As the second semester begins, life seems to more or less go back to normal, though Jack notices that the sunsets—which were already quite stunning in Blacksmith—have taken on new qualities, have become epically vibrant, and last much longer. He finds Murray in the supermarket, who tells him that one of the New York émigrés, Dimitrios Cotsakis, died while surfing during the winter break. The two men trade astonished phrases as they stand in the generic food aisle. Their comments primarily center around the fact that Cotsakis was an enormous man, a trait they can’t seem to reconcile with his death. Jack finds himself suddenly and acutely attuned to the “dense environmental texture” of the supermarket, noticing the automatic doors and all of the colors surrounding him.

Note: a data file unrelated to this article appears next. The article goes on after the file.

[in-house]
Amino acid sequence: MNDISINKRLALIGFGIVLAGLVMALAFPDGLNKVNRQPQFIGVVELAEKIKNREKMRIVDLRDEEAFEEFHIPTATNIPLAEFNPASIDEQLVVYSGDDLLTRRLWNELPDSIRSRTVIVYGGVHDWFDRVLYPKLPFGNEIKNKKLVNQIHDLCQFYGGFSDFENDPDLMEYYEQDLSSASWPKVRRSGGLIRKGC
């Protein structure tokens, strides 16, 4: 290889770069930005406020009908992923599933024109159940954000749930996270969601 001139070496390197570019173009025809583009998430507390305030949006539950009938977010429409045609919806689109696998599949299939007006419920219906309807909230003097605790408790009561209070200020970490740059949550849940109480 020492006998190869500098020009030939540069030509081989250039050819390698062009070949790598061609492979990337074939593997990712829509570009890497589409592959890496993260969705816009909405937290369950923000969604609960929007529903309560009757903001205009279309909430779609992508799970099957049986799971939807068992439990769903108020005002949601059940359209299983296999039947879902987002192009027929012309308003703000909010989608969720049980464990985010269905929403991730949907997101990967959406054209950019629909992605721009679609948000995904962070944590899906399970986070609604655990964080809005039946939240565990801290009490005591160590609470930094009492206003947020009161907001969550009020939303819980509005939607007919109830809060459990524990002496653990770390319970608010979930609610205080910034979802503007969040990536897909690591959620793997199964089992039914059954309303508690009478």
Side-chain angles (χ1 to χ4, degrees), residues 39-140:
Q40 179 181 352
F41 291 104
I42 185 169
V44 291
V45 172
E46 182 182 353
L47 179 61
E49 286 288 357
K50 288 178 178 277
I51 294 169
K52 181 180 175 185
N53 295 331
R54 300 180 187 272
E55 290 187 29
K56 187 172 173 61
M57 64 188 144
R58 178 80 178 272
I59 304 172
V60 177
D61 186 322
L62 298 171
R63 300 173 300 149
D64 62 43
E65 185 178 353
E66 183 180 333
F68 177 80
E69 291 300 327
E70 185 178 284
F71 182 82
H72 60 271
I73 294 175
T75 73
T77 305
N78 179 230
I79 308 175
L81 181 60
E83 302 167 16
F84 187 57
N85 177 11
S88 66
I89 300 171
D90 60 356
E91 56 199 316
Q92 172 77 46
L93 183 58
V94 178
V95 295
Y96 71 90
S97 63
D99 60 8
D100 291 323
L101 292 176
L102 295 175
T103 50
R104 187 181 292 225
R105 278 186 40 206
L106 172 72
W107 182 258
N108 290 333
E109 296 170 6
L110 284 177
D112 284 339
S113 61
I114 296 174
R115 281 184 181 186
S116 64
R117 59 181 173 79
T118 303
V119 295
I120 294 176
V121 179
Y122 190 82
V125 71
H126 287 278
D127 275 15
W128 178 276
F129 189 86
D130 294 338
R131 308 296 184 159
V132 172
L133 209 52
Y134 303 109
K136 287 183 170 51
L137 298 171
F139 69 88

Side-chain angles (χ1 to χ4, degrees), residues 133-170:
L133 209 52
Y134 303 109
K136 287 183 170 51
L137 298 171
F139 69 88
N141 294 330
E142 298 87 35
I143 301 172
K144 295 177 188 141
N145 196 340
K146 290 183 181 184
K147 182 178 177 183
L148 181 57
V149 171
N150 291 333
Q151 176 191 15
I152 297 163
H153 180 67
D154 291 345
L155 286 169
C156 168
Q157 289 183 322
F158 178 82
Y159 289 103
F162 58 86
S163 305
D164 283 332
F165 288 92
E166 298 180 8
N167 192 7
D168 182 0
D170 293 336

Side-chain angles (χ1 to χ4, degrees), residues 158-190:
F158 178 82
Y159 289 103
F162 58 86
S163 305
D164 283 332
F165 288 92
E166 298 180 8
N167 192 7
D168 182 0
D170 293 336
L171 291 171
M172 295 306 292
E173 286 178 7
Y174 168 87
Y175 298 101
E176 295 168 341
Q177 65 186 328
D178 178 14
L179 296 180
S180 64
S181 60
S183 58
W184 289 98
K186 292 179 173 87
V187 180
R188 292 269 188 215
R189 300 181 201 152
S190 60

Faced with the death of an acquaintance, Jack is forced to reckon with the inescapable realness of death, which he seems to have been able to more or less ignore since the airborne toxic event. The fact that he becomes suddenly aware of the supermarket’s vibrancy yet again relates to Murray’s belief that grocery stores are revitalizing places full of wonder and significance. It also recalls his assertion that Americans don’t die, they shop. In this moment of existential upheaval—in which Jack can’t avoid thinking about death—it is telling that he throws himself so fully into a place designed for shopping.
Jack decides to not tell Babette about what he learned from the SIMUVAC technician about his Nyodene D. exposure. He believes she would be too distraught. Instead, he begins nestling his head between her breasts at night to feel safe.
At this point, Jack’s fear of death seems to have reduced him to silence, leaving him to follow an infantile impulse toward safety. Though he hasn’t told her anything, he depends on Babette to help hold his fears at bay.